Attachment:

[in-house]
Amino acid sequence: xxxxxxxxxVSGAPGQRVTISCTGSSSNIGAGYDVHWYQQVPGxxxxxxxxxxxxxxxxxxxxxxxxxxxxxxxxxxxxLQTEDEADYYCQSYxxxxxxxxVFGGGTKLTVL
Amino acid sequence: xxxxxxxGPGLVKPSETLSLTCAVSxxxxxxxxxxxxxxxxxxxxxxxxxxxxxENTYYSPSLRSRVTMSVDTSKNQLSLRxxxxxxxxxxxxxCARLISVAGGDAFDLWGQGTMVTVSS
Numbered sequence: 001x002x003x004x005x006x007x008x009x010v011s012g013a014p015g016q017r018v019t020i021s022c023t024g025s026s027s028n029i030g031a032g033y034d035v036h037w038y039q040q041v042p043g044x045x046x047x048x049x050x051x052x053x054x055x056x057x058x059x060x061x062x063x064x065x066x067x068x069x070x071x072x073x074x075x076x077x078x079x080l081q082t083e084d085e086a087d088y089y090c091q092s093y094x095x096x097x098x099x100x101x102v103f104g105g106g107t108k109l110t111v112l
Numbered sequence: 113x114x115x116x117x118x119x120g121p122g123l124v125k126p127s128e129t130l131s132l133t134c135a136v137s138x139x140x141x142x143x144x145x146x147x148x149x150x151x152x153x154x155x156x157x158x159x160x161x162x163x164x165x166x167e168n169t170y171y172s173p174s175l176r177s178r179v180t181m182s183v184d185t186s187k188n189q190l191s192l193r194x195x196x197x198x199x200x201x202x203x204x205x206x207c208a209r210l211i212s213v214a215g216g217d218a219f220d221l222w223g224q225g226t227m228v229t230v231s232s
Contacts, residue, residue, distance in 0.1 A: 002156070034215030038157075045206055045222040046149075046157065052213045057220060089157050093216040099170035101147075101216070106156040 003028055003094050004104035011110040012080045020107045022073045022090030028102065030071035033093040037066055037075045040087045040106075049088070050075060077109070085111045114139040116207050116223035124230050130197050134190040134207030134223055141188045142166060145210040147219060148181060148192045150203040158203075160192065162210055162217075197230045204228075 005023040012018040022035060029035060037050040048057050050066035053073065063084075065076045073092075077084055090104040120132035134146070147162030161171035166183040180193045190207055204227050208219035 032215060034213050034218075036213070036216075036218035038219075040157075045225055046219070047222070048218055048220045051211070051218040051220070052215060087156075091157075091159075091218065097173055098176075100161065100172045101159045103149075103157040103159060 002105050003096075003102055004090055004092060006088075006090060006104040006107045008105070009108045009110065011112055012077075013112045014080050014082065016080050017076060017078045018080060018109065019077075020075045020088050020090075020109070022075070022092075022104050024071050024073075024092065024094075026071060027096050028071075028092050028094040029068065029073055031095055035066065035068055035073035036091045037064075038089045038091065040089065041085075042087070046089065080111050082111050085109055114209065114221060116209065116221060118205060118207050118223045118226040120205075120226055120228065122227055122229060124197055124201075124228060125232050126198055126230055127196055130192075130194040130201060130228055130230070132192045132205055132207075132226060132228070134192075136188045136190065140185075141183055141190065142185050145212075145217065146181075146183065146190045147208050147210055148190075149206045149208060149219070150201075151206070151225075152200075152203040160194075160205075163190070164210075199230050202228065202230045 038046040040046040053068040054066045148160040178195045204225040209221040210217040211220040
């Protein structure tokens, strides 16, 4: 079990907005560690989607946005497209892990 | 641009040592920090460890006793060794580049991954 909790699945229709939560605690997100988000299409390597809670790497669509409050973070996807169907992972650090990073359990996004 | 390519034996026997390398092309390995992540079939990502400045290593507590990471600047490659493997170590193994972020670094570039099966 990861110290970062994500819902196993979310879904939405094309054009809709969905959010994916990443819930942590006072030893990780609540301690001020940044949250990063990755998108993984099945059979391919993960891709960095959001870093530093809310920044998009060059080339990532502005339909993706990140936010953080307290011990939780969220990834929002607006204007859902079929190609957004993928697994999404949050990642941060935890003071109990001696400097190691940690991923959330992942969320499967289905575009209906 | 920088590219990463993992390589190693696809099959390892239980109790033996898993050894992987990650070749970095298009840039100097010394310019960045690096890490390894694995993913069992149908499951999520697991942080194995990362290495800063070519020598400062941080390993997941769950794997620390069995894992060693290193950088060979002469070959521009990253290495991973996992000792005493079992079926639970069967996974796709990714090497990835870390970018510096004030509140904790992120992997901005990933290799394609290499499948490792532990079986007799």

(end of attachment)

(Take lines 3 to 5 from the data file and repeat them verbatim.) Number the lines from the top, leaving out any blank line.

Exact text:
Amino acid sequence: xxxxxxxGPGLVKPSETLSLTCAVSxxxxxxxxxxxxxxxxxxxxxxxxxxxxxENTYYSPSLRSRVTMSVDTSKNQLSLRxxxxxxxxxxxxxCARLISVAGGDAFDLWGQGTMVTVSS
Numbered sequence: 001x002x003x004x005x006x007x008x009x010v011s012g013a014p015g016q017r018v019t020i021s022c023t024g025s026s027s028n029i030g031a032g033y034d035v036h037w038y039q040q041v042p043g044x045x046x047x048x049x050x051x052x053x054x055x056x057x058x059x060x061x062x063x064x065x066x067x068x069x070x071x072x073x074x075x076x077x078x079x080l081q082t083e084d085e086a087d088y089y090c091q092s093y094x095x096x097x098x099x100x101x102v103f104g105g106g107t108k109l110t111v112l
Numbered sequence: 113x114x115x116x117x118x119x120g121p122g123l124v125k126p127s128e129t130l131s132l133t134c135a136v137s138x139x140x141x142x143x144x145x146x147x148x149x150x151x152x153x154x155x156x157x158x159x160x161x162x163x164x165x166x167e168n169t170y171y172s173p174s175l176r177s178r179v180t181m182s183v184d185t186s187k188n189q190l191s192l193r194x195x196x197x198x199x200x201x202x203x204x205x206x207c208a209r210l211i212s213v214a215g216g217d218a219f220d221l222w223g224q225g226t227m228v229t230v231s232s